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Title: Artefact reduction in photoplethysmography
Authors: Hayes, Matthew J.
Keywords: Biomedical monitoring
Optical techniques
Issue Date: 1998
Publisher: © Matthew James Hayes
Abstract: The use of optical techniques in biomedical monitoring and diagnosis is becoming increasingly widespread, primarily because of the non-invasive nature of optically derived measurements. Physiological analysis is usually achieved by characterisation of the spectral or temporal properties of the interaction between light and the anatomy. Although some optical measurements require complex instrumentation and protocols, recent technological advances have resulted in robust and compact equipment that is now used routinely in a multitude of clinical contexts. Unfortunately, these measurements are inherently sensitive to corruption from dynamic physical conditions or external sources of light, inducing signal artefact. Artefact is the primary restriction in the applicability of many optical measurements, especially for ambulatory monitoring and tele-medicine. The most widely used optical measurement is photoplethysmography, a technique that registers dynamic changes in blood volume throughout the peripheral vasculature and can be used to screen for a number of venous disorders, as well as monitoring the cardio-vascular pulse wave. Although photoplethysmographic devices are now incorporated into many patient-monitoring systems, the prevalent application is a measurement known as pulse oximetry, which utilises spectral analysis of the peripheral blood to estimate the arterial haernoglobin oxygen saturation. Pulse oximetry is well established as an early warning for hypoxia and is now mandatory under anaesthesia in many countries. The problem of artefact is prominent in these continuous monitoring techniques, where it is often impossible to control the physical conditions during use. This thesis investigates the possibility of reducing artefact corruption of photoplethysmographic signals in real time, using an electronic processing methodology that is based upon inversion of a physical artefact model. The consequences of this non-linear artefact reduction technique for subsequent signal analysis are discussed, culminating in a modified formulation for pulse oximetry that not only has reduced sensitivity to artefact but also possesses increased generality. The design and construction of a practical electronic system is then used to explore both the implementation issues and the scope of this technique. The performance of artefact reduction obtained is then quantified under realistic experimental conditions, demonstrating that this methodology is successful in removing or reducing a large proportion of artefact encountered in clinically relevant situations. It is concluded that non-linear artefact reduction can be applied to any photoplethysmographic technology, reducing interpretation inaccuracies that would otherwise be induced by signal artefact. It is also speculated that this technology could enable the use of photoplethysmographic systems in applications that are currently precluded by the inherent severity of artefact.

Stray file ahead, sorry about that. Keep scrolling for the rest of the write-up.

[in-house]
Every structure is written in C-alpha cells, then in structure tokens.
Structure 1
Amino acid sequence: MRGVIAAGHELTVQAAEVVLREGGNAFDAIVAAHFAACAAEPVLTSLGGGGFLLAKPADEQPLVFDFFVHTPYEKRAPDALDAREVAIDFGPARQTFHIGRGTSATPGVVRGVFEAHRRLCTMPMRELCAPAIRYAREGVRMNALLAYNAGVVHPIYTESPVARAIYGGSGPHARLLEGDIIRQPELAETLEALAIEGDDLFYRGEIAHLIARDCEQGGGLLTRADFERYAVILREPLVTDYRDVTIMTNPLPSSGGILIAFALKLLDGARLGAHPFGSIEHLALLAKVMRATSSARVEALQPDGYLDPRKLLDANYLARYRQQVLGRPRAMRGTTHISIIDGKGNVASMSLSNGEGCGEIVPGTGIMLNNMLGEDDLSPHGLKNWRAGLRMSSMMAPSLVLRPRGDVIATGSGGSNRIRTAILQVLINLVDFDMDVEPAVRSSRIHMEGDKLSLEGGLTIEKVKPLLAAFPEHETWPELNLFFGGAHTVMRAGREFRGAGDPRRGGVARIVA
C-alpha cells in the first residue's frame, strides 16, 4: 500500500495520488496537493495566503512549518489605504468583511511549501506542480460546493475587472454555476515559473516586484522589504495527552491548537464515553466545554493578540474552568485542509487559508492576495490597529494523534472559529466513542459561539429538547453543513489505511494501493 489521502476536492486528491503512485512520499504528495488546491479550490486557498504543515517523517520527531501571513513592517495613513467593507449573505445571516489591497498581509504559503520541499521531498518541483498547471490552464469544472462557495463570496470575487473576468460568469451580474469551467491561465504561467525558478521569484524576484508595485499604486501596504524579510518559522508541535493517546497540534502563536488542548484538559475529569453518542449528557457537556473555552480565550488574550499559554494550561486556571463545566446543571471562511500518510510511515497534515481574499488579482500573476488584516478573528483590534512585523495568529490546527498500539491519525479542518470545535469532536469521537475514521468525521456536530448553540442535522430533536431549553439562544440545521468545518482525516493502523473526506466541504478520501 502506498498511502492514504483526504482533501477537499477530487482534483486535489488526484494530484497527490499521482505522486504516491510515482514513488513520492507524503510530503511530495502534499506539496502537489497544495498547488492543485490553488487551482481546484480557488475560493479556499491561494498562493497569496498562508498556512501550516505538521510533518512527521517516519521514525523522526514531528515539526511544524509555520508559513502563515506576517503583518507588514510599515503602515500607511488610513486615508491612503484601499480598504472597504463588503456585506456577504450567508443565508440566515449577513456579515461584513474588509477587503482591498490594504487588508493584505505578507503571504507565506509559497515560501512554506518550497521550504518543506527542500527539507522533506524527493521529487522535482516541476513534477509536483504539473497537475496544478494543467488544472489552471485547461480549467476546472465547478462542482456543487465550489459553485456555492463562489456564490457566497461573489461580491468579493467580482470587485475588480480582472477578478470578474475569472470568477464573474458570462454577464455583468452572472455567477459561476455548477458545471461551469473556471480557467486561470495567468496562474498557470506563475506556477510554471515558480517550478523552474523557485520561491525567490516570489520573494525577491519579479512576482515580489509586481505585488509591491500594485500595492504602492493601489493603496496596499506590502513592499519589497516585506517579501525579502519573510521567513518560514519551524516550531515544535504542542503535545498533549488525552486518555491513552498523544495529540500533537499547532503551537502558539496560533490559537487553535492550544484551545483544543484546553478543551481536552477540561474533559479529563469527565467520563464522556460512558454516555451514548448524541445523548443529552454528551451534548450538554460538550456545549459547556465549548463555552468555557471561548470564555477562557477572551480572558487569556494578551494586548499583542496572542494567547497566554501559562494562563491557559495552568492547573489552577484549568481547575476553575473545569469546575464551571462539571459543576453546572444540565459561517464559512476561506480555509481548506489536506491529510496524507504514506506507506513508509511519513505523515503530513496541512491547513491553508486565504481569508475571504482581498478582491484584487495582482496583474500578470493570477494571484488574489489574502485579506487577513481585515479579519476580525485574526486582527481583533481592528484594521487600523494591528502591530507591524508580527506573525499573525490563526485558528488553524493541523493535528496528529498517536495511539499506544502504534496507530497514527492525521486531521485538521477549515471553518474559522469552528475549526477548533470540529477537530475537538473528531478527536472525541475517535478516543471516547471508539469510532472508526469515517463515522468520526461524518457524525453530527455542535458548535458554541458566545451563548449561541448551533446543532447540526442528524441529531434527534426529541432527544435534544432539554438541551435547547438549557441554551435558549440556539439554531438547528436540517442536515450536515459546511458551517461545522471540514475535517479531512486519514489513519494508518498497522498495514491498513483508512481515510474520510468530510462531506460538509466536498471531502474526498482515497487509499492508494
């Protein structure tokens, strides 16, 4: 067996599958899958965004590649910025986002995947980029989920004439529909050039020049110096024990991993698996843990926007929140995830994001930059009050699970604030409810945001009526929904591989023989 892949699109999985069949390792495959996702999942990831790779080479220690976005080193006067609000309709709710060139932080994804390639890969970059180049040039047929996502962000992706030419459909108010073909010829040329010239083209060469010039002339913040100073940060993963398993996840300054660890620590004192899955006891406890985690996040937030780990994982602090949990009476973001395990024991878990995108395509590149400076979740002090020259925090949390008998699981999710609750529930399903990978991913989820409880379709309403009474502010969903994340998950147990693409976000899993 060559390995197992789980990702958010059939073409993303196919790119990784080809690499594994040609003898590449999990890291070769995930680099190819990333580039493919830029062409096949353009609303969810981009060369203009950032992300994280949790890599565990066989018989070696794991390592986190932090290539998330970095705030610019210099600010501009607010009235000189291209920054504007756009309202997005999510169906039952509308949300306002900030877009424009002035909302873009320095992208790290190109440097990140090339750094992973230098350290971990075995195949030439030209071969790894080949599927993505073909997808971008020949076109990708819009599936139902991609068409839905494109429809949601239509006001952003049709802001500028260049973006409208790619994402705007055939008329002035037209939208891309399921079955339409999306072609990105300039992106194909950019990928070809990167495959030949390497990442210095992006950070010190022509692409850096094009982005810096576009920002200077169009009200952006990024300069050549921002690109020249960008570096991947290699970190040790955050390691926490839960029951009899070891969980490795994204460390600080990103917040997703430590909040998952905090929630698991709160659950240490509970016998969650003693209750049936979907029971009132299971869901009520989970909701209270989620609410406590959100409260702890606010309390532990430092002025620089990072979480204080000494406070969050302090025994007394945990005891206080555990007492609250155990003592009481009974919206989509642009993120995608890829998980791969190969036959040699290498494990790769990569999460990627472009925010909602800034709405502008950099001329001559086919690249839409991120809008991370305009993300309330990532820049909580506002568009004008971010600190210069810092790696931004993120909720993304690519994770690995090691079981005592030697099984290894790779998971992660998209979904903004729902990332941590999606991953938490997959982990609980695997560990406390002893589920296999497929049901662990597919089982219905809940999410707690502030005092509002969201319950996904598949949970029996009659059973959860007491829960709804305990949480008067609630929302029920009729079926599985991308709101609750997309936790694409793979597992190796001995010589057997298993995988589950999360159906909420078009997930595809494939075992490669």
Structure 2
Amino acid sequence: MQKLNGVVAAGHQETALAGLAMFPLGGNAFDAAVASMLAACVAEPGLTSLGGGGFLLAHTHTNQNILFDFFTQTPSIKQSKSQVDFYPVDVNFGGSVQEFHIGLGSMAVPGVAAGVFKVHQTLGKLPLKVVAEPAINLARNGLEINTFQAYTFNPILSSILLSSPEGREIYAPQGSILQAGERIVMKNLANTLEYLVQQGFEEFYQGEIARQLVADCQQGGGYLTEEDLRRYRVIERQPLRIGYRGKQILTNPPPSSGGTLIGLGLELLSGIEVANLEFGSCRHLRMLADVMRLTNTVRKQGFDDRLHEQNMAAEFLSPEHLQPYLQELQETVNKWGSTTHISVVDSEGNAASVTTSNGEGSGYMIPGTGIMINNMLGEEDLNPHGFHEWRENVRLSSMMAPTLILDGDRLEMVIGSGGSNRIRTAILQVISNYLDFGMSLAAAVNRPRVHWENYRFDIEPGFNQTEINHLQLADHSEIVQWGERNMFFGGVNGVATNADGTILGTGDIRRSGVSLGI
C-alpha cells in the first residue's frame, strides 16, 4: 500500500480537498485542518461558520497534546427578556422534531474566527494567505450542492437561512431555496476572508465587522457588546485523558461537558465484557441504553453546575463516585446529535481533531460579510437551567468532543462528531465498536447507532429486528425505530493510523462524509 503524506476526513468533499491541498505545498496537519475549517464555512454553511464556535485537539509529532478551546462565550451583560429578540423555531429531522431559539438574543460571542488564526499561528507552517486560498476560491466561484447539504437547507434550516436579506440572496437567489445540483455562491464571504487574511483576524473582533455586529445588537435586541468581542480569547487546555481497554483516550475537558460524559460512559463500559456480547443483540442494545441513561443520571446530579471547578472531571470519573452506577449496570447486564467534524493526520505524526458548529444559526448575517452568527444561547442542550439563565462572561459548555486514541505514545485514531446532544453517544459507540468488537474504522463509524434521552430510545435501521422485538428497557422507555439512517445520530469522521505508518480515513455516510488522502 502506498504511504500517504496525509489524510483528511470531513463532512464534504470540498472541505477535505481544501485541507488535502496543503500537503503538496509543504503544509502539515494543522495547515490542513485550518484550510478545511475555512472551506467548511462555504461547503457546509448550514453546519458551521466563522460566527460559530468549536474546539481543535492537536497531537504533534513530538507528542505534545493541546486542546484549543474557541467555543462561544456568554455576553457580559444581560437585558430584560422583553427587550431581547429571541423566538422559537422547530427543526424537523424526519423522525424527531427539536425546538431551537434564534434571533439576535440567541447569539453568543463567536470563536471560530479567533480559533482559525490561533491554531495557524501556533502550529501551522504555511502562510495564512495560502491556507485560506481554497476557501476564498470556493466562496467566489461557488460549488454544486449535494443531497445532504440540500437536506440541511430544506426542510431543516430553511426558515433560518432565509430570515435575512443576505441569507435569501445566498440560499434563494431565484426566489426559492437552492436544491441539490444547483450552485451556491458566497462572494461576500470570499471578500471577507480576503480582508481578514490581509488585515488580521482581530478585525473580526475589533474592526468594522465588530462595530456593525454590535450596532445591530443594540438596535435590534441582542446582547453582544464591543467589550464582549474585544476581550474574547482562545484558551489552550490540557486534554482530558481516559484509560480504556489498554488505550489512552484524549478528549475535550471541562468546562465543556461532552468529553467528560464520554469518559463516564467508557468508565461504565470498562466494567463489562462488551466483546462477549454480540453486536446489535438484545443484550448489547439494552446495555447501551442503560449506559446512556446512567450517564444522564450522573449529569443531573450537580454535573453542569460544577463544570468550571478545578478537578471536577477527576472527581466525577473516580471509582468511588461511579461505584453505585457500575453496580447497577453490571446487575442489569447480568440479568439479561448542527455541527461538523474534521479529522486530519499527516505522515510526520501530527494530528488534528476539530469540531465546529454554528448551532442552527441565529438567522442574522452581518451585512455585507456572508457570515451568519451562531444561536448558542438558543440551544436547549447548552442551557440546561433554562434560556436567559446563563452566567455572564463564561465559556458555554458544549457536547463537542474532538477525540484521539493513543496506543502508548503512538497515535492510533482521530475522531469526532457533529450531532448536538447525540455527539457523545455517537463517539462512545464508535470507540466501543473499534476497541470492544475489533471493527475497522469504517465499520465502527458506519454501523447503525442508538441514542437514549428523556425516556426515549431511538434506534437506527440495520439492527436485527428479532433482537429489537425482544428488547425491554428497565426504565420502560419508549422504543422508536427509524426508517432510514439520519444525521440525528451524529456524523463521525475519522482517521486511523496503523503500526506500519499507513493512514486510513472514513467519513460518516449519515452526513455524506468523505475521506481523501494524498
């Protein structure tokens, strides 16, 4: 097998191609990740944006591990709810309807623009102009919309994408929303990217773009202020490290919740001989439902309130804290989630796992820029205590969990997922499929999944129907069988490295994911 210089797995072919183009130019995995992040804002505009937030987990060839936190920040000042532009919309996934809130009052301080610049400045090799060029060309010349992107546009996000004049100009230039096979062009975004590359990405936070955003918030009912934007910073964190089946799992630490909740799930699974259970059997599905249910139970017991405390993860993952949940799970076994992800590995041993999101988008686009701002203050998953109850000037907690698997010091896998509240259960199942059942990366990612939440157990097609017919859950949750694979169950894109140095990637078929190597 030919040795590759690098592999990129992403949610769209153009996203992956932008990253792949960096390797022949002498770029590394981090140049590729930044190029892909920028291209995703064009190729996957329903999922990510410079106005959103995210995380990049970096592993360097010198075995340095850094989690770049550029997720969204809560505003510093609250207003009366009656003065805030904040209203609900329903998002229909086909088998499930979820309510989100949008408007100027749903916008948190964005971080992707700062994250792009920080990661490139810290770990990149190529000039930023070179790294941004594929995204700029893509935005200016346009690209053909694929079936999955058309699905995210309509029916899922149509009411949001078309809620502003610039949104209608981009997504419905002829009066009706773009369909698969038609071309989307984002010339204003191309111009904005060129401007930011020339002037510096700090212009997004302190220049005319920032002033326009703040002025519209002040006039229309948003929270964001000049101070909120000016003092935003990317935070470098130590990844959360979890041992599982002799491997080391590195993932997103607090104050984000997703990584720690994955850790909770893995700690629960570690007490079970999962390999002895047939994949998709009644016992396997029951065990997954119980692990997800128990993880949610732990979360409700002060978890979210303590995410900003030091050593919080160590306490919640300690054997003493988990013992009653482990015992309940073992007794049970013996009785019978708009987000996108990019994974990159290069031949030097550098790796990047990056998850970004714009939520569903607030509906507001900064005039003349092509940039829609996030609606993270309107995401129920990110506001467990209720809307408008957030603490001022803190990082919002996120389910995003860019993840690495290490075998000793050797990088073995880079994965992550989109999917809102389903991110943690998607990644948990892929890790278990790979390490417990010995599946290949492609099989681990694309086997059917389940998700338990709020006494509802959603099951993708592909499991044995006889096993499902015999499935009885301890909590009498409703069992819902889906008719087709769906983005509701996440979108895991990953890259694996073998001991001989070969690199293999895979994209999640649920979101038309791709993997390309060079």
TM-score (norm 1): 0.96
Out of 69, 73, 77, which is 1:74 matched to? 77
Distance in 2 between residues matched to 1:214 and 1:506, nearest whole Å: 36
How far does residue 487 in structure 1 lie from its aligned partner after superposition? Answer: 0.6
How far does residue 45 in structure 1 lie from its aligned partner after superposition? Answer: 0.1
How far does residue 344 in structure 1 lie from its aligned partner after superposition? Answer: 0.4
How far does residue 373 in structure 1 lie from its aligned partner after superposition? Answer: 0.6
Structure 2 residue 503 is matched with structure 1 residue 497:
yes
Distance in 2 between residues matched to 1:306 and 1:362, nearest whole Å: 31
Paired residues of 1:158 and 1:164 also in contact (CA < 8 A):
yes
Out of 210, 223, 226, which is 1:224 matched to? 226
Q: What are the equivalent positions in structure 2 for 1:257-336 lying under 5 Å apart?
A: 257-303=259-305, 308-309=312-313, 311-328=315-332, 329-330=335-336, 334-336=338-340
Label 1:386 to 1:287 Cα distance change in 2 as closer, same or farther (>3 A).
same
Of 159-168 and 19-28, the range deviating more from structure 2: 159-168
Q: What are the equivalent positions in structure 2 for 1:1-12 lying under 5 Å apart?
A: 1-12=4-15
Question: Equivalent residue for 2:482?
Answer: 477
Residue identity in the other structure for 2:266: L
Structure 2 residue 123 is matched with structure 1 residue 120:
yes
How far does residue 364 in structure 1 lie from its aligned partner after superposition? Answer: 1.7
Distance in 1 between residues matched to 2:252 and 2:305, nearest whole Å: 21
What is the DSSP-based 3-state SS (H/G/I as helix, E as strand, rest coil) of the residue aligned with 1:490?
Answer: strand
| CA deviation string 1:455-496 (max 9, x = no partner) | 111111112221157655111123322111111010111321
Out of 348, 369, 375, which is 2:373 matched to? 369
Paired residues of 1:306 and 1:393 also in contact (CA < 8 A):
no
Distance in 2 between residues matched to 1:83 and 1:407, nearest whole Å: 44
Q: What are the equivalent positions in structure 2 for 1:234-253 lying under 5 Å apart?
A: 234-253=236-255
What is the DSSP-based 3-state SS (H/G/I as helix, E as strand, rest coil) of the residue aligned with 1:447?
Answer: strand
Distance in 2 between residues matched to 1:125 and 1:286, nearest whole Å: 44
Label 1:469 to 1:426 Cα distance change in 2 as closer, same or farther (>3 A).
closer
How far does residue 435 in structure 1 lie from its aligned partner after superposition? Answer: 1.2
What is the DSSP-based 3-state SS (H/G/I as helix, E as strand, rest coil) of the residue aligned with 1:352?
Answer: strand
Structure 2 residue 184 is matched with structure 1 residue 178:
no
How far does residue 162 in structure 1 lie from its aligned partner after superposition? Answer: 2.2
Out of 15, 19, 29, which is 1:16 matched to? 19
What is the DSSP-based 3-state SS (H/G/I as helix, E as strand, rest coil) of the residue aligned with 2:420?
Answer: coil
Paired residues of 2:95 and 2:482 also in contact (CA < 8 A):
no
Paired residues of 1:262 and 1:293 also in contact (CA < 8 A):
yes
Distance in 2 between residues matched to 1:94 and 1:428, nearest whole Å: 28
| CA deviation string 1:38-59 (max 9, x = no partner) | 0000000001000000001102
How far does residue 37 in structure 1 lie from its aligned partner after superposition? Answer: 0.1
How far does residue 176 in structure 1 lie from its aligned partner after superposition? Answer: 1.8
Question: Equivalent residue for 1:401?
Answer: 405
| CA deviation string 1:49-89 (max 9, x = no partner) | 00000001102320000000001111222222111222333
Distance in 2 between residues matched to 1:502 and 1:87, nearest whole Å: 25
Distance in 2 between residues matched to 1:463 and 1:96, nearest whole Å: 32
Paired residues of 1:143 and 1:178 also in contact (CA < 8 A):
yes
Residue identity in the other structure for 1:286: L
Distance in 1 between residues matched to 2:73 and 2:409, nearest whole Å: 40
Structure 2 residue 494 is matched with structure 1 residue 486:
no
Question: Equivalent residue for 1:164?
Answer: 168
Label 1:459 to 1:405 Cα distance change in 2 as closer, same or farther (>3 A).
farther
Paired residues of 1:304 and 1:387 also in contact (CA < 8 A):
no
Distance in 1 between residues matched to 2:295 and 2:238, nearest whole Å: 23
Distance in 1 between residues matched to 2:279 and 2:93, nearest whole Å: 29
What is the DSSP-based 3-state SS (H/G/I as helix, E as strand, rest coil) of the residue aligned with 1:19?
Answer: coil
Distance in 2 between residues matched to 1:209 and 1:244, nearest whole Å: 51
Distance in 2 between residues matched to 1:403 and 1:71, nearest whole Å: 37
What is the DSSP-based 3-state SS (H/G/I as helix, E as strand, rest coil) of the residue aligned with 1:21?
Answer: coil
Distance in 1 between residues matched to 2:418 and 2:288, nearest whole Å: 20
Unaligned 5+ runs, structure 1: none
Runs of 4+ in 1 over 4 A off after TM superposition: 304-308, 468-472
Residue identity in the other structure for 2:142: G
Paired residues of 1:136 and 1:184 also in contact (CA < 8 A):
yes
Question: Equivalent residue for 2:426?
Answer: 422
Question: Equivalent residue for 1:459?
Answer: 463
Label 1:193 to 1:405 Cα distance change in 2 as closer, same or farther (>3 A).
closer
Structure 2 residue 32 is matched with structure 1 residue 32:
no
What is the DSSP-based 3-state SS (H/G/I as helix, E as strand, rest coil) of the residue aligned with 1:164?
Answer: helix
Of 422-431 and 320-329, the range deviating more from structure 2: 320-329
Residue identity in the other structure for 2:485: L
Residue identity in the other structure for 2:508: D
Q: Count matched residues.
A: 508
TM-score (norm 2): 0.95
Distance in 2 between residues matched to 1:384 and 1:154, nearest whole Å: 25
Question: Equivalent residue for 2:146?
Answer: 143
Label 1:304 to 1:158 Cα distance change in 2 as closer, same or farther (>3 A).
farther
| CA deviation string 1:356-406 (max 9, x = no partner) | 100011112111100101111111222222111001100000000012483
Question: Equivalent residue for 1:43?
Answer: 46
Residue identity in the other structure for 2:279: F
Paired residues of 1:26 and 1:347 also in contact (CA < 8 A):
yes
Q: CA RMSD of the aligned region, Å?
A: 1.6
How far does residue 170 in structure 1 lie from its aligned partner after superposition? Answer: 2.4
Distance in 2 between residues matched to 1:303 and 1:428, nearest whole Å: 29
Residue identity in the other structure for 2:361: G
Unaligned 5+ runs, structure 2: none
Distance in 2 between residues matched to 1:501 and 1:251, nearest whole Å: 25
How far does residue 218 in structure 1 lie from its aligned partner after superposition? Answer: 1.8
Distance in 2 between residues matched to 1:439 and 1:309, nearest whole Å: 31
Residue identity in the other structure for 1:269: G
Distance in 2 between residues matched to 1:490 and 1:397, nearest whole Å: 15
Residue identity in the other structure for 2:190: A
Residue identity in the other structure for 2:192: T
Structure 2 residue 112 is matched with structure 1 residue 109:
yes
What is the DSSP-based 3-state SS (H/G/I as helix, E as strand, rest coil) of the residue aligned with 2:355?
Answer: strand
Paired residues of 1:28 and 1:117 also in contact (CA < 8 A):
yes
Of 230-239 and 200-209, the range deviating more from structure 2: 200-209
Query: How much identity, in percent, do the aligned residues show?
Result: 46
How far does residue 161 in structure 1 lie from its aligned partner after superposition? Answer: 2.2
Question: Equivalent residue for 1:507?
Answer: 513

Description: A Doctoral Thesis. Submitted in partial fulfillment of the requirements for the award of Doctor of Philosophy of Loughborough University.
URI: https://dspace.lboro.ac.uk/2134/7094
Appears in Collections:PhD Theses (Mechanical, Electrical and Manufacturing Engineering)

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